by Lindsey Carlson
As we ate lunch after church, I asked one of my boys what he’d learned in Sunday School.
“I will trust God,” he proudly answered.
“Oh, you will?” I asked him. “And what does that mean?”
He thought for a minute and then replied. His air of confidence seemed to indicate he thought he was about to impress me; “When I am afraid, I will trust God.”
“Why?” I asked him.
His eyebrow raised, he looked at me with confusion. “Why do we trust God when we are afraid?” I asked again. He had no answer. My two older children jumped at the opportunity to help him out. “Because he is holy!” one answered. The other shouted out in a somewhat questioning tone, “Because he created us?”
“Nope.” I replied. Of course, God is holy and he did create us, but this wasn’t what I was getting at. There is a reality that I want my children to experience that will strengthen their trust in God. Realizing they’d run out of all their Sunday School “God-and-Jesus” answers, my kids waited for the answer I’d been looking for.
Why We Trust
I’m committed to teaching my children God’s word. “So faith comes from hearing, and hearing through the word of Christ” (Rom. 10:17). I also understand that in the most frightening times of my life I’ve needed more than memorized answers to battle fear and unbelief. The same goes for my children. They need the Holy Spirit to work in their hearts and give them faith. This work comes from God’s gracious hand of provision, and is not magically conjured up by memory work.
I explained to my kids that we can trust God when we are afraid because God is faithful to uphold his promises to us. We know God has always loved us and provided for us because we’ve seen him keep his promises throughout history. Because of his faithfulness in the past, we can trust him to be faithful in our future too. Knowing God’s faithfulness gives me the confidence I need to trust him when I am afraid. My kids need to experience God’s goodness and faithfulness for themselves.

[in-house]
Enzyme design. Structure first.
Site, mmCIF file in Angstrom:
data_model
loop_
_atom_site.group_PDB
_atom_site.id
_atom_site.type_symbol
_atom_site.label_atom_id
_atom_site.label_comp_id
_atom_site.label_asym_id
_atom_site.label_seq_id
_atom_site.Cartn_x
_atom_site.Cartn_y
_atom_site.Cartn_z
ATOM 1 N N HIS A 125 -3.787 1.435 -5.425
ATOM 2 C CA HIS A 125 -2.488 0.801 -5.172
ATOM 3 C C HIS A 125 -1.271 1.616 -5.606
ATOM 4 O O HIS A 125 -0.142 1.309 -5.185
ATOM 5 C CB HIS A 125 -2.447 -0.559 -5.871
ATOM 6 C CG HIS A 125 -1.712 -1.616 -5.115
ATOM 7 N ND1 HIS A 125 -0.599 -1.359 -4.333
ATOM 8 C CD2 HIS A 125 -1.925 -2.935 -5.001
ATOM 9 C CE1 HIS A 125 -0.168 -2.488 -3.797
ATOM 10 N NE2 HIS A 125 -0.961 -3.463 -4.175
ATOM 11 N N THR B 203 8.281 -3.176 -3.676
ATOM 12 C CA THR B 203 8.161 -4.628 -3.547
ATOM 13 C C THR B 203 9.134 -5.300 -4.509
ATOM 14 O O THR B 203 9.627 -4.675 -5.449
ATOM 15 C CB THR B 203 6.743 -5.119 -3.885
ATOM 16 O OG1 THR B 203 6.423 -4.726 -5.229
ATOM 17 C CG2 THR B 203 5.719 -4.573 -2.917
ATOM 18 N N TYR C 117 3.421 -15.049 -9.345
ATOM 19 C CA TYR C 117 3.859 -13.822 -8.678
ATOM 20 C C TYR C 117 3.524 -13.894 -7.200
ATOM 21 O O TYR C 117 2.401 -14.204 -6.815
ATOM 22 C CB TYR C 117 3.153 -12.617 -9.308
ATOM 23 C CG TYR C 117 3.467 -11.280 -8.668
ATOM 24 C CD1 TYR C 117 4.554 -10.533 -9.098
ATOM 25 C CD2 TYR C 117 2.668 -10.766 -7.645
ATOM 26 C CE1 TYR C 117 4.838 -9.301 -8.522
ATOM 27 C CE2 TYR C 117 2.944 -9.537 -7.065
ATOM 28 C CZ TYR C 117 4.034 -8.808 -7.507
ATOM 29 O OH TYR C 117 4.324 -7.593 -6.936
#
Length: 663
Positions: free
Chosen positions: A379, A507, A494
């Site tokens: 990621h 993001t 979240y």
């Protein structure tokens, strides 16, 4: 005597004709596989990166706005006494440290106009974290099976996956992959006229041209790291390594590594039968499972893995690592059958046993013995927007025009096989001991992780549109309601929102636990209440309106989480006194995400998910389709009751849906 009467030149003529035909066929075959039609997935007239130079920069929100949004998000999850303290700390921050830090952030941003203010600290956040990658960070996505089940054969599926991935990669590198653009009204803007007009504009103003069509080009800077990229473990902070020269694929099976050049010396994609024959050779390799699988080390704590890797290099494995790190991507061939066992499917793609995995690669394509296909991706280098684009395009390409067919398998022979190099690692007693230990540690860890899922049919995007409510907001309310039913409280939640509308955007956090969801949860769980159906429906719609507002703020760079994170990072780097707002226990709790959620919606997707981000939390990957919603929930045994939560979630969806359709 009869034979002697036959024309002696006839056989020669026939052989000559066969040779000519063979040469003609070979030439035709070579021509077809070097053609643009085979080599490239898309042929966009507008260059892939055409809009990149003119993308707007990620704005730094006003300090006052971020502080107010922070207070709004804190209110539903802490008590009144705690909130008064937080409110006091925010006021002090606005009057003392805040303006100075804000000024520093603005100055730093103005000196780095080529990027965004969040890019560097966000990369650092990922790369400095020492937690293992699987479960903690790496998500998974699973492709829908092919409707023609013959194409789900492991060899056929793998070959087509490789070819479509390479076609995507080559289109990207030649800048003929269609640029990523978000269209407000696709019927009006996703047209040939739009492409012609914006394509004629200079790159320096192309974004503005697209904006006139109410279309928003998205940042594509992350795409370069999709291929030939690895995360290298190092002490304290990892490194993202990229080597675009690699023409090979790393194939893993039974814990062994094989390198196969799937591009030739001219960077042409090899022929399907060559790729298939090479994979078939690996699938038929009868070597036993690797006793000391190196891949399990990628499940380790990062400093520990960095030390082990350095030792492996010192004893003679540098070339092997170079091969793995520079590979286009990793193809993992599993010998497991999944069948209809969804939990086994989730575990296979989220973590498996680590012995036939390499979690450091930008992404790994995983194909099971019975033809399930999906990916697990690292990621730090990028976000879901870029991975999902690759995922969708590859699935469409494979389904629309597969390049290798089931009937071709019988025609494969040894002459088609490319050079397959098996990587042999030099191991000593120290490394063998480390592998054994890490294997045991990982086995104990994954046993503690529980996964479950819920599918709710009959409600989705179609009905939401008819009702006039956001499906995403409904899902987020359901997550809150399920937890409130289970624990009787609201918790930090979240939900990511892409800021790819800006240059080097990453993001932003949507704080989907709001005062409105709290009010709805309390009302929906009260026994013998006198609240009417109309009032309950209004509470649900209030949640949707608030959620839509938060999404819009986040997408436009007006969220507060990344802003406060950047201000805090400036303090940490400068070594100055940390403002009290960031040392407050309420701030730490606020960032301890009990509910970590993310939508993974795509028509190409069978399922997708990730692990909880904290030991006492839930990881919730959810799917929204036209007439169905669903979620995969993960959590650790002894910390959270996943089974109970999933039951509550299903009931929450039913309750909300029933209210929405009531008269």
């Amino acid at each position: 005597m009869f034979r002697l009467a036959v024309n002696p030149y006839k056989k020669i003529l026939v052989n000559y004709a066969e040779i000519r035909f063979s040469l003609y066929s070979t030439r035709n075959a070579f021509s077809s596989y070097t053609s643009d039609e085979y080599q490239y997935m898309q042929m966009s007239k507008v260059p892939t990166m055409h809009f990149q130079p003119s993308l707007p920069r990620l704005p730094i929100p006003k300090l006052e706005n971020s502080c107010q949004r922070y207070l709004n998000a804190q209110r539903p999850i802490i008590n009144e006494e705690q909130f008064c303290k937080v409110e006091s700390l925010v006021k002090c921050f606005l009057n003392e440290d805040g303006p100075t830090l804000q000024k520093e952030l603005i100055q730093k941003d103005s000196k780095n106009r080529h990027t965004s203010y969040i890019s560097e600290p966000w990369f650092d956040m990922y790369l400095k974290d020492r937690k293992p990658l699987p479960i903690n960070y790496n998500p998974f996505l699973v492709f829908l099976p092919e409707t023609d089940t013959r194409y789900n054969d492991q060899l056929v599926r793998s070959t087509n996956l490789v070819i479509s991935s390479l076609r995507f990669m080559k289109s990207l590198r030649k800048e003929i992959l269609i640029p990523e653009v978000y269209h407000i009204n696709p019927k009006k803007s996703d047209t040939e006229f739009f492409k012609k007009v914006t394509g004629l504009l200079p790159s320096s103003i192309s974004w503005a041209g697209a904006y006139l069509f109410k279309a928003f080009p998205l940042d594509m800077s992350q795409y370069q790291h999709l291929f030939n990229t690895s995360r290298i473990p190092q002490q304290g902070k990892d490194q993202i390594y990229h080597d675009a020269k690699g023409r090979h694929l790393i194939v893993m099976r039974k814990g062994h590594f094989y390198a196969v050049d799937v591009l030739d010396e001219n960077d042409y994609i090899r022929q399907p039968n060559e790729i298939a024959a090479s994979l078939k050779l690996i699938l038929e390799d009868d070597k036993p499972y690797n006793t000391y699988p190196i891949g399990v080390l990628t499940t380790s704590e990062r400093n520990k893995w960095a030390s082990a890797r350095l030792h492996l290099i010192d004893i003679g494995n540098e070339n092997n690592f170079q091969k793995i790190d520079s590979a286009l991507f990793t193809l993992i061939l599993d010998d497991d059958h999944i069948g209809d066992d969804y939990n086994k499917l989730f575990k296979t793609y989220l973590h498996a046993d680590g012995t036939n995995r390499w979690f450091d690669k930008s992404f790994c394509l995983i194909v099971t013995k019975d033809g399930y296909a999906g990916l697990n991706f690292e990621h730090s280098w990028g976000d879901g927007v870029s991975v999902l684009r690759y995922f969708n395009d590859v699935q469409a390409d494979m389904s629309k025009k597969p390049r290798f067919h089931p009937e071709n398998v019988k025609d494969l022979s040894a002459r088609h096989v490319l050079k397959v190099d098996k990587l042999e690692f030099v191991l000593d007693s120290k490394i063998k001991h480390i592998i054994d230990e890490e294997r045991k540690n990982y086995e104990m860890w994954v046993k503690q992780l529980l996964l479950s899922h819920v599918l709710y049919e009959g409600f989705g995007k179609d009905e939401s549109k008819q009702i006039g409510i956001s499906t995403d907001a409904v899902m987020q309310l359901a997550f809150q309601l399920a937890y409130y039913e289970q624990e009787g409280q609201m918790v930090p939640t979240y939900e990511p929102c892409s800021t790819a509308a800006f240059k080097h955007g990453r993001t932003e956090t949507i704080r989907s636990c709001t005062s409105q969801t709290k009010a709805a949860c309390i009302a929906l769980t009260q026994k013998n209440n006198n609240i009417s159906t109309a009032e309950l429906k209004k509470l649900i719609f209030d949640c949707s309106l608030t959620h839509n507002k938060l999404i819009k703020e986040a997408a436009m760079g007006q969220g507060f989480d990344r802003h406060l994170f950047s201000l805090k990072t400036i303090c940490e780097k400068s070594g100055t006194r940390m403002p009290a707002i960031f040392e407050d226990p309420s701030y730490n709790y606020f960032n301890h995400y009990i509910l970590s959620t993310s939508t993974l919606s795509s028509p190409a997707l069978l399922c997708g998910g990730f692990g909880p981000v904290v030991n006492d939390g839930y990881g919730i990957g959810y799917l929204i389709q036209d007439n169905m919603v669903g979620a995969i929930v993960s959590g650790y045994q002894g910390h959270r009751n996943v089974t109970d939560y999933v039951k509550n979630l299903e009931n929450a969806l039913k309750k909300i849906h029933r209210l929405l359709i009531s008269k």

In Psalm 46:1-3 the Psalmist cries:
“God is our refuge and strength, a very present help in trouble. Therefore we will not fear though the earth gives way, though the mountains be moved into the heart of the sea, though its waters roar and foam, though the mountains tremble at its swelling.”
Why is the psalmist confident that God is his refuge and strength? Because he’s seen the Lord’s helping hand in the midst of trouble. He has touched and tasted God’s faithfulness.
So We Might Know & Believe
When Christ came, he fulfilled even more of God’s promises. He came like Scripture said he would (Isaiah 42:1, 53:2), lived a perfect life (Isaiah 42:2), and was despised, rejected, and died a sinner’s death in our place (Isaiah 53:3-5) just as we were told he would. In Christ, we have the privilege of seeing God’s faithfulness through the covenant God kept with his chosen people. Jesus demonstrated God’s faithfulness when he was pierced for our transgressions and crushed for our iniquities (Isaiah 53:5).
Such gracious intervention and radical salvation convinces me at a heart level “When I am afraid, I will trust God.” Like the psalmist, I declare wholeheartedly, “God is my refuge and strength!” I trust God because I’ve received his promised faithfulness through Christ’s redemption. To know and believe, my children must experience God’s faithfulness too.
Lord, I pray one day my children’s memory work will be more than words, and “When I am afraid, I will trust God” will be a seed of faith that blossoms into a heartfelt confession of lifelong dependence on Jesus. Your word says that faith is a free gift (Eph. 2:8-9); Lord, give this gift of saving faith to my children. And would they experience for themselves your sustaining faithfulness to live their lives to your glory.
ABOUT THE WRITER
Lindsey Carlson lives in Houston with her worship-pastor husband and their four active kids (all under age 9). Her home is filled with the sounds of childhood (galloping horses, swashbuckling heroes, and the occasional sibling brawl), the near-constant presence of music in some form, and volumes of great literature, old and new. You can catch her regular reflections on the gospel at Worship Rejoices and follow her on Twitter.